"An chloch."

Translation:The stone.

4 years ago

7 Comments


https://www.duolingo.com/Brighid
Brighid
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Should "rock" be accepted too? Or is there a difference between a "rock" and a "stone" in English?

4 years ago

https://www.duolingo.com/FuzzyBee
FuzzyBee
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It looks like it should technically be accepted but that "carraig" is the preferred word for "rock" (see third definition): http://www.focloir.ie/en/dictionary/ei/rock?q=Rock

4 years ago

https://www.duolingo.com/Brighid
Brighid
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It's difficult to define. Thanks.

4 years ago

https://www.duolingo.com/scilling
scilling
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It depends upon which English. For the discrete object (as opposed to the substance), in the UK, “rock” generally refers to something larger than a stone and smaller than a boulder; in North America, “rock” generally refers to something smaller than a stone and bigger than a pebble. I don’t know if usage in Ireland parallels the UK usage.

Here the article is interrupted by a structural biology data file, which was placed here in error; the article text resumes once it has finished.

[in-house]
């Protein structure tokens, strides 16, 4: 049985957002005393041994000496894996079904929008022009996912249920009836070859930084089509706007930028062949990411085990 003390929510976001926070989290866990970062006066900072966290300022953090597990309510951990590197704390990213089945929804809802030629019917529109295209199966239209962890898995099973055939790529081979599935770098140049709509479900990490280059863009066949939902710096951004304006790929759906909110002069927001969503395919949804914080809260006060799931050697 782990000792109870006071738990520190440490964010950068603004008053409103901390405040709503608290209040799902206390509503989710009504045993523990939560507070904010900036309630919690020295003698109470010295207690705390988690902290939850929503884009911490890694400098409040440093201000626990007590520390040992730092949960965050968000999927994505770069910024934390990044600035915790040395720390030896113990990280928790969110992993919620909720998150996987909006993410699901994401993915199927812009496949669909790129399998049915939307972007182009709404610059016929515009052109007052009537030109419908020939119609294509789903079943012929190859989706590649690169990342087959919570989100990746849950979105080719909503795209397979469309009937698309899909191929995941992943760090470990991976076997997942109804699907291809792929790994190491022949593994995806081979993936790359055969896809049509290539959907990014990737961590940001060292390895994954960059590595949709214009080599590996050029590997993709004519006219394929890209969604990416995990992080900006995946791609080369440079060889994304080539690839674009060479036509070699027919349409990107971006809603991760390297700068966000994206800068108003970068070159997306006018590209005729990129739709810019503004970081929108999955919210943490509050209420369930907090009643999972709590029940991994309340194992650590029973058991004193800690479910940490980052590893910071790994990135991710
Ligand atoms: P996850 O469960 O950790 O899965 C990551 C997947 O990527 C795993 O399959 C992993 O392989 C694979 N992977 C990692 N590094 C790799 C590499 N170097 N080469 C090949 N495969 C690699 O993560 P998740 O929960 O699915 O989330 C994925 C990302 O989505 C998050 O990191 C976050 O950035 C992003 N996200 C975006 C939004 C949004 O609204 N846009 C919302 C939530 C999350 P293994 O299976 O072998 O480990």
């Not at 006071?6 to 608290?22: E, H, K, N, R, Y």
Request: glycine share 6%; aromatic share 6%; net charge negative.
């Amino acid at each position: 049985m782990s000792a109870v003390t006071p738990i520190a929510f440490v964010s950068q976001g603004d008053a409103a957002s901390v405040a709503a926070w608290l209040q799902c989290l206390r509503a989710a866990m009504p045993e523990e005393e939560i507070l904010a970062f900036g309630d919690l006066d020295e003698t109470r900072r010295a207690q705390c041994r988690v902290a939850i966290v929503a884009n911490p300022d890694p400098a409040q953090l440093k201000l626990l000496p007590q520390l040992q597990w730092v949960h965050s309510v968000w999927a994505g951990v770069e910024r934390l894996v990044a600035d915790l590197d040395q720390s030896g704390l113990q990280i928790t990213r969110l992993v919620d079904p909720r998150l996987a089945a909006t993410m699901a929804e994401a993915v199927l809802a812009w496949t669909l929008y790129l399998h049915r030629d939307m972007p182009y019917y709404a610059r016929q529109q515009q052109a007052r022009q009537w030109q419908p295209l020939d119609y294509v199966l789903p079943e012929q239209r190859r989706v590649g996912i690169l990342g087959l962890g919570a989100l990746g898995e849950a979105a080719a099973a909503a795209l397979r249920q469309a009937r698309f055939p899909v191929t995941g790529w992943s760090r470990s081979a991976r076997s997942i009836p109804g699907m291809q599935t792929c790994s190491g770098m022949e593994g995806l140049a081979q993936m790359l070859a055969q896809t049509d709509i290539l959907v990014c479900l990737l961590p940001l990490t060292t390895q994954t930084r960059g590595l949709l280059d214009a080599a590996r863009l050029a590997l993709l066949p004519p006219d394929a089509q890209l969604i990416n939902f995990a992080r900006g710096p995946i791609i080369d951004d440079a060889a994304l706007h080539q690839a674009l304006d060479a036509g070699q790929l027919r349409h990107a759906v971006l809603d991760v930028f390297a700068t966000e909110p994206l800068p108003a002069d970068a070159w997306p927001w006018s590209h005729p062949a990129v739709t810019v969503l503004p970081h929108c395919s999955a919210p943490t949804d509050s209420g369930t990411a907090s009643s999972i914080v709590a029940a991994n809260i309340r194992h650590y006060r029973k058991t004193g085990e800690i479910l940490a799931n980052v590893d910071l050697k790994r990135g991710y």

4 years ago

https://www.duolingo.com/Brighid
Brighid
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Very interesting. Thanks. My own understanding is that "cloch" can be any size. But "carraig" is always fairly big, not something you can hold in one hand, and especially those that are found at the seashore.

4 years ago

https://www.duolingo.com/davo256
davo256
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Here are some more Irish place name meanings. http://www.irish-place-names.com/meanings/

4 years ago

https://www.duolingo.com/Maedbhlynch

I am Irish and we always considered a rock to be bigger than a stone. The Blarney Stone, grave stones and memorial stones being exceptions

4 months ago
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